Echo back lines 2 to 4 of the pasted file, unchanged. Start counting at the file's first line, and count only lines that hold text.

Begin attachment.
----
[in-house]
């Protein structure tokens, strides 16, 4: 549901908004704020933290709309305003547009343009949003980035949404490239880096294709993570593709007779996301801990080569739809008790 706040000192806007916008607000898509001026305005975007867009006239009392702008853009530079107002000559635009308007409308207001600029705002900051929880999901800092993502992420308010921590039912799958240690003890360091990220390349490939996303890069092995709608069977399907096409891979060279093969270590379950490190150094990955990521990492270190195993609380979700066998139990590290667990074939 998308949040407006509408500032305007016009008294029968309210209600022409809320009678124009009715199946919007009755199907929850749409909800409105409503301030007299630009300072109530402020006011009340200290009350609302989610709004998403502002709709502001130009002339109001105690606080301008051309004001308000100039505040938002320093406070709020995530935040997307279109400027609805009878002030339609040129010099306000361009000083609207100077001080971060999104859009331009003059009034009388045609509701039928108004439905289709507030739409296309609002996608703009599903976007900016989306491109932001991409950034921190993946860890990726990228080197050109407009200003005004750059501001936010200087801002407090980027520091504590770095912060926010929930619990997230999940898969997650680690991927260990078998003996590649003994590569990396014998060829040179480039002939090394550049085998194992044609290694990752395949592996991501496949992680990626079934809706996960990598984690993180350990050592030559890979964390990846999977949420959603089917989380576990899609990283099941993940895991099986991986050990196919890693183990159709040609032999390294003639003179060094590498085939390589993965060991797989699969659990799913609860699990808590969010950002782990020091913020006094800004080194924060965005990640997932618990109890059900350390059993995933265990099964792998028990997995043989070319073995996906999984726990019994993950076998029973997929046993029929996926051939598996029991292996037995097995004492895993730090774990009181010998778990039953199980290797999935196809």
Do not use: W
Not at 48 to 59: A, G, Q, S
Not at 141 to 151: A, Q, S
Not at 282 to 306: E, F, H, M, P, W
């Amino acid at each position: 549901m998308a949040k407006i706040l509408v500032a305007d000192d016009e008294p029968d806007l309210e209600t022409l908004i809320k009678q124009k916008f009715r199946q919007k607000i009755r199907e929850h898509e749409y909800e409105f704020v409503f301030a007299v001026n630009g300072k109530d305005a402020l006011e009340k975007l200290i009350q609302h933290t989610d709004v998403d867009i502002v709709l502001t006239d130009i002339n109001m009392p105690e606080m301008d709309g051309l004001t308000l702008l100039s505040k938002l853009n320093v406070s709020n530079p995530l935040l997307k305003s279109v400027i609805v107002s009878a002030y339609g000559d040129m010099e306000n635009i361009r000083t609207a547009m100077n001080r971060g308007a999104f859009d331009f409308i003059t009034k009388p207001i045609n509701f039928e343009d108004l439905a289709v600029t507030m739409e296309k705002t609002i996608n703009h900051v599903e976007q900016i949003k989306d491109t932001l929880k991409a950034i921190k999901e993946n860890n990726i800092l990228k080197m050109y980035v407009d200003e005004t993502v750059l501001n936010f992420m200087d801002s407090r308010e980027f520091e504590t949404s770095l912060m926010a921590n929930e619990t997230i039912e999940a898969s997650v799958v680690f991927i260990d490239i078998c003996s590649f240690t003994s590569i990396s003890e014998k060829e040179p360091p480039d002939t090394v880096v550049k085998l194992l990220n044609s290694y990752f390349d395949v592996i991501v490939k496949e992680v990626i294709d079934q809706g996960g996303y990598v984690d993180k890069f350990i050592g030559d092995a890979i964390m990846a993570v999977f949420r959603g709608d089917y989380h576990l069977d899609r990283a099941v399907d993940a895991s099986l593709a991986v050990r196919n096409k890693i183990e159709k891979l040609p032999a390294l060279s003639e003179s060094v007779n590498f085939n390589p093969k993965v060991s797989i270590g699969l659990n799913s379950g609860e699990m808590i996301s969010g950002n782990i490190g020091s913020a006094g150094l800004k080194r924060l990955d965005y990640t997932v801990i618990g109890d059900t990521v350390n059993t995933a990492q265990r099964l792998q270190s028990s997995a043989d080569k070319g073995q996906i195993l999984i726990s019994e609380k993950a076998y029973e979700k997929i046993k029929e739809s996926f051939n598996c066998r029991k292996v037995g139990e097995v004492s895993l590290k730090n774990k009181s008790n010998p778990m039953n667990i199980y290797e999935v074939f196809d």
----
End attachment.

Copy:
């Protein structure tokens, strides 16, 4: 549901908004704020933290709309305003547009343009949003980035949404490239880096294709993570593709007779996301801990080569739809008790 706040000192806007916008607000898509001026305005975007867009006239009392702008853009530079107002000559635009308007409308207001600029705002900051929880999901800092993502992420308010921590039912799958240690003890360091990220390349490939996303890069092995709608069977399907096409891979060279093969270590379950490190150094990955990521990492270190195993609380979700066998139990590290667990074939 998308949040407006509408500032305007016009008294029968309210209600022409809320009678124009009715199946919007009755199907929850749409909800409105409503301030007299630009300072109530402020006011009340200290009350609302989610709004998403502002709709502001130009002339109001105690606080301008051309004001308000100039505040938002320093406070709020995530935040997307279109400027609805009878002030339609040129010099306000361009000083609207100077001080971060999104859009331009003059009034009388045609509701039928108004439905289709507030739409296309609002996608703009599903976007900016989306491109932001991409950034921190993946860890990726990228080197050109407009200003005004750059501001936010200087801002407090980027520091504590770095912060926010929930619990997230999940898969997650680690991927260990078998003996590649003994590569990396014998060829040179480039002939090394550049085998194992044609290694990752395949592996991501496949992680990626079934809706996960990598984690993180350990050592030559890979964390990846999977949420959603089917989380576990899609990283099941993940895991099986991986050990196919890693183990159709040609032999390294003639003179060094590498085939390589993965060991797989699969659990799913609860699990808590969010950002782990020091913020006094800004080194924060965005990640997932618990109890059900350390059993995933265990099964792998028990997995043989070319073995996906999984726990019994993950076998029973997929046993029929996926051939598996029991292996037995097995004492895993730090774990009181010998778990039953199980290797999935196809």
Do not use: W
Not at 48 to 59: A, G, Q, S